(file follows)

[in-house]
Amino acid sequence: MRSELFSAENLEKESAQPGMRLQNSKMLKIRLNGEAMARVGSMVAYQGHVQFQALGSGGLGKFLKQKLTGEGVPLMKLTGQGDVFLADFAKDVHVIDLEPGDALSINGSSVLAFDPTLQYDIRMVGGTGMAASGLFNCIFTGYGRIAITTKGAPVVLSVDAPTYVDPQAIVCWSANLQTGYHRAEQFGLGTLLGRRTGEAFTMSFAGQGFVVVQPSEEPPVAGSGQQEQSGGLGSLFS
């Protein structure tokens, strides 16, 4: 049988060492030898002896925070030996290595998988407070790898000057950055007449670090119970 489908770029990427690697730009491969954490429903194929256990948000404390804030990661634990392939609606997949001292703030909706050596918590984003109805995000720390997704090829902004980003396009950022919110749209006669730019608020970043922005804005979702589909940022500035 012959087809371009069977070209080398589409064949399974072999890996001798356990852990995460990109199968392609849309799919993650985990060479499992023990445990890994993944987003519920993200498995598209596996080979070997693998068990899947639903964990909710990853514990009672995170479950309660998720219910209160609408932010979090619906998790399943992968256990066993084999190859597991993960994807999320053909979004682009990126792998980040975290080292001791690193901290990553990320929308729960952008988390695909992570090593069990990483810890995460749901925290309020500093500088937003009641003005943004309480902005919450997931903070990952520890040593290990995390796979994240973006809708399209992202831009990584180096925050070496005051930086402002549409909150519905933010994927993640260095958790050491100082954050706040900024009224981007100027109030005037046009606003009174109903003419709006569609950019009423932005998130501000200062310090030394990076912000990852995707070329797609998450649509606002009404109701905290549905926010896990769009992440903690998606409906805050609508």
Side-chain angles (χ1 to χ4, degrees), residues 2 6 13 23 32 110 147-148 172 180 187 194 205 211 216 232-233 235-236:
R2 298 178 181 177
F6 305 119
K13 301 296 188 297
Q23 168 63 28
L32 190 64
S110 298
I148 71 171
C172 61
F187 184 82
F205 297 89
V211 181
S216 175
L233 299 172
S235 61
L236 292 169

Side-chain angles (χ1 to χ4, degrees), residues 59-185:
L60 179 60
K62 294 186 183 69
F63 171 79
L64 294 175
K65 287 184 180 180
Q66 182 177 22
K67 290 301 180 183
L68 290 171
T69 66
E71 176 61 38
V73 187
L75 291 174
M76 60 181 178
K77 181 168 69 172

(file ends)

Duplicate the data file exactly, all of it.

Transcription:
[in-house]
Amino acid sequence: MRSELFSAENLEKESAQPGMRLQNSKMLKIRLNGEAMARVGSMVAYQGHVQFQALGSGGLGKFLKQKLTGEGVPLMKLTGQGDVFLADFAKDVHVIDLEPGDALSINGSSVLAFDPTLQYDIRMVGGTGMAASGLFNCIFTGYGRIAITTKGAPVVLSVDAPTYVDPQAIVCWSANLQTGYHRAEQFGLGTLLGRRTGEAFTMSFAGQGFVVVQPSEEPPVAGSGQQEQSGGLGSLFS
């Protein structure tokens, strides 16, 4: 049988060492030898002896925070030996290595998988407070790898000057950055007449670090119970 489908770029990427690697730009491969954490429903194929256990948000404390804030990661634990392939609606997949001292703030909706050596918590984003109805995000720390997704090829902004980003396009950022919110749209006669730019608020970043922005804005979702589909940022500035 012959087809371009069977070209080398589409064949399974072999890996001798356990852990995460990109199968392609849309799919993650985990060479499992023990445990890994993944987003519920993200498995598209596996080979070997693998068990899947639903964990909710990853514990009672995170479950309660998720219910209160609408932010979090619906998790399943992968256990066993084999190859597991993960994807999320053909979004682009990126792998980040975290080292001791690193901290990553990320929308729960952008988390695909992570090593069990990483810890995460749901925290309020500093500088937003009641003005943004309480902005919450997931903070990952520890040593290990995390796979994240973006809708399209992202831009990584180096925050070496005051930086402002549409909150519905933010994927993640260095958790050491100082954050706040900024009224981007100027109030005037046009606003009174109903003419709006569609950019009423932005998130501000200062310090030394990076912000990852995707070329797609998450649509606002009404109701905290549905926010896990769009992440903690998606409906805050609508």
Side-chain angles (χ1 to χ4, degrees), residues 2 6 13 23 32 110 147-148 172 180 187 194 205 211 216 232-233 235-236:
R2 298 178 181 177
F6 305 119
K13 301 296 188 297
Q23 168 63 28
L32 190 64
S110 298
I148 71 171
C172 61
F187 184 82
F205 297 89
V211 181
S216 175
L233 299 172
S235 61
L236 292 169

Side-chain angles (χ1 to χ4, degrees), residues 59-185:
L60 179 60
K62 294 186 183 69
F63 171 79
L64 294 175
K65 287 184 180 180
Q66 182 177 22
K67 290 301 180 183
L68 290 171
T69 66
E71 176 61 38
V73 187
L75 291 174
M76 60 181 178
K77 181 168 69 172